“Tehran understands only too well that there is a tough fight coming in the Middle East between the US and Israel, and a number of Persian Gulf states on the one hand, and Iran on the other hand. And Tehran is getting ready for it,” Bagdasarov told Vzglyad.
When it becomes “too hot”, he elaborated, Iran starts talking about closer cooperation with Russia. He noted that in 2015, after the Iranian nuclear deal, the West started easing anti-Iranian sanctions and Tehran used a different approach toward Russia.
He said the attitude was basically that “If we can get money and technology from you, it is good, but actually we are oriented more towards the West”.
However, Bagdasarov noted that the situation is changing once again and life is forcing Tehran to reorient itself.
Sergei Seregichev, an expert at the Institute for Middle Eastern Studies, has provided another reason behind what he called “Iran’s maneuvers”.
“Iran is interested in setting up cooperation with Washington to a larger degree than with Moscow,” he told Vzglyad.
“Russia does not pose a threat to Iran, just as Iran does not pose a threat to Russia. Meanwhile, the US poses a large threat to Tehran; more so, when lack of clarity is taken into account in the practical implementation of Donald Trump’s “Iranian theses.”
Seregichev further suggested that what is going on right now is “simple eastern bargaining.”
Commenting on the possible purchase of Russia’s Superjets, the expert doubted that Iran is really interested in acquiring these airliners. He suggested that by the time the deal is actually ready to be signed, the international situation may have changed sharply.
Besides, he said, there is no guarantee that it will ever get to sign the contract. 
“Iran does not trust us. It is enough to recall the situation with the deliveries of S-300 (which Russia cancelled in 2010 after the UN imposed sanctions on Iran over its nuclear program). Iran remembers it and has made certain conclusions,” Seregichev concluded.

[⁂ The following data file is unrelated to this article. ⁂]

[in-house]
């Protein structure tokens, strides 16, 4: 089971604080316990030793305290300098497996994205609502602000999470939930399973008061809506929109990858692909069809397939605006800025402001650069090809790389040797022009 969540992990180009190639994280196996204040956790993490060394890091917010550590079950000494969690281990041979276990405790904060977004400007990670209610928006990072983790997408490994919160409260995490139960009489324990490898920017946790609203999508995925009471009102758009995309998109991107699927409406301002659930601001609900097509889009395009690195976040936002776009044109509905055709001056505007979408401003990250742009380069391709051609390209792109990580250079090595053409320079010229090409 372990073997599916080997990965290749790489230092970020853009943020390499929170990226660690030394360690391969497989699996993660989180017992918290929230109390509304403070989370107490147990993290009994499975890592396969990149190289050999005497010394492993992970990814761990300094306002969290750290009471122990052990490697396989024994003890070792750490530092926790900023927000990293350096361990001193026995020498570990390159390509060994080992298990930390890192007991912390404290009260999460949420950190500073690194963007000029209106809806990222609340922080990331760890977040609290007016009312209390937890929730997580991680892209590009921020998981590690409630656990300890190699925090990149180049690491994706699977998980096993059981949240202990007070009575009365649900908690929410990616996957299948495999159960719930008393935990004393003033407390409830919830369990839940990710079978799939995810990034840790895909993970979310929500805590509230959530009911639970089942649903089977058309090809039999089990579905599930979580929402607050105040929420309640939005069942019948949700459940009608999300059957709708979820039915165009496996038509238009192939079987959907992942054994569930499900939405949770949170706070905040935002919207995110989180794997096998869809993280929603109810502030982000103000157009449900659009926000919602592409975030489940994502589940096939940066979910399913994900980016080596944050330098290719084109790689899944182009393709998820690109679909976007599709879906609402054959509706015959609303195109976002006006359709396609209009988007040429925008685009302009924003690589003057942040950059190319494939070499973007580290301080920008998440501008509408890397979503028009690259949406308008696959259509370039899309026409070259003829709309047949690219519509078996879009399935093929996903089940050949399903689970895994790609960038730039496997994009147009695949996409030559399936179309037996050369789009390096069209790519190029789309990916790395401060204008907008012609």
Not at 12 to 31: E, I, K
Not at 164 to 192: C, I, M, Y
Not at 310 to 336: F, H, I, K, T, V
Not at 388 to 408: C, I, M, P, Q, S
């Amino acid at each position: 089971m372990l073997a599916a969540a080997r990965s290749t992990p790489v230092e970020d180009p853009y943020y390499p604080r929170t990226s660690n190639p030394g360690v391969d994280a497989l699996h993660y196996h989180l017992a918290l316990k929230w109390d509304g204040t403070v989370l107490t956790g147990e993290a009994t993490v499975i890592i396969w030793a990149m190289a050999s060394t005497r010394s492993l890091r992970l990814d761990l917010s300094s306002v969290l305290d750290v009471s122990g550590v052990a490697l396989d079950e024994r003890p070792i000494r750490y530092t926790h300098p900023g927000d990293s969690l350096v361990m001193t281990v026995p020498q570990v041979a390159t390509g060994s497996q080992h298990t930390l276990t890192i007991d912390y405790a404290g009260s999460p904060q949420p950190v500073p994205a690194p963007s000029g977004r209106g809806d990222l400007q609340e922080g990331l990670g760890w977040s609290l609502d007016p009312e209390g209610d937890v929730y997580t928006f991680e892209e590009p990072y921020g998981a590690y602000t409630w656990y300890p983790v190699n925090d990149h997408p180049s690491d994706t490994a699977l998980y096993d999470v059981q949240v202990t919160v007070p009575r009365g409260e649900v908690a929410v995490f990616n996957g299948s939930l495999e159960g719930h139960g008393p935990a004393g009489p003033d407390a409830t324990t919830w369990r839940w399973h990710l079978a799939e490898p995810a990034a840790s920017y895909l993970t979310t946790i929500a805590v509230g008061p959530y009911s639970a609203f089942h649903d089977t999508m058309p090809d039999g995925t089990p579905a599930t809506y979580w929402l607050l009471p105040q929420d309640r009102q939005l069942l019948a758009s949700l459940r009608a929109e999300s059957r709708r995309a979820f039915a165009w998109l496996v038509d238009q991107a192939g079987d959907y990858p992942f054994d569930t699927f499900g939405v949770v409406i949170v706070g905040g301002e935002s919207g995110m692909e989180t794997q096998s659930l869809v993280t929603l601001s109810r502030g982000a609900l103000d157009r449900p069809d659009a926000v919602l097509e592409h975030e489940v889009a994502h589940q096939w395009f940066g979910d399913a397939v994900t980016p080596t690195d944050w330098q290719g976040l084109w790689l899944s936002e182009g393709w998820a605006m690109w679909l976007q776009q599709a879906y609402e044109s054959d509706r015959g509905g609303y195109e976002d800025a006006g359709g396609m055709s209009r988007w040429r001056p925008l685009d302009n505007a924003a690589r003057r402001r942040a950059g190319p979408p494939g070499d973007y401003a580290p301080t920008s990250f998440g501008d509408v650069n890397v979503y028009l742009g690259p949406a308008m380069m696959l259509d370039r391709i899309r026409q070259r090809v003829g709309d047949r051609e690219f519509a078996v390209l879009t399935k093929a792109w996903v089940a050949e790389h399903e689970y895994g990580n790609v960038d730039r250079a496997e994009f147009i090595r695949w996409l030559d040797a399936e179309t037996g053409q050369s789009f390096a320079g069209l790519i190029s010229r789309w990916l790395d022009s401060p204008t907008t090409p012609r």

Domestic Longs Prices Rise

Prices for long products in Iran increased over a three-week period owing mainly to the recent agreement between Iranian mills to cut production to support prices. Domestic demand, however, did not improve much.
Most Iranian long steel sellers tried to raise their prices, with the highest increase seen for billets and wire rod. This is while the rise in rebar price was comparatively lower. 
“These fluctuations were not because of higher demand. Producers were changing market direction with their policies,” a market source said.
As Metal Expert reported earlier, Iranian longs suppliers agreed to reduce production by about 20% to support prices after some sizable drops in January.
Iranian exporters are currently experiencing less pressure from the domestic sales. Esfahan Steel Company, in particular, which cooperates with overseas buyers, is currently offering its rebar to local customers at the lower end of the general price range.
The activity on Iranian Mercantile Exchange has been quite low in February, proving that the overall demand for longs is slack. Total sales reached 49,285 tons of longs and billets over the period. 
ESCO sold the largest lot (30,000 tons) of rebar and beams for March delivery.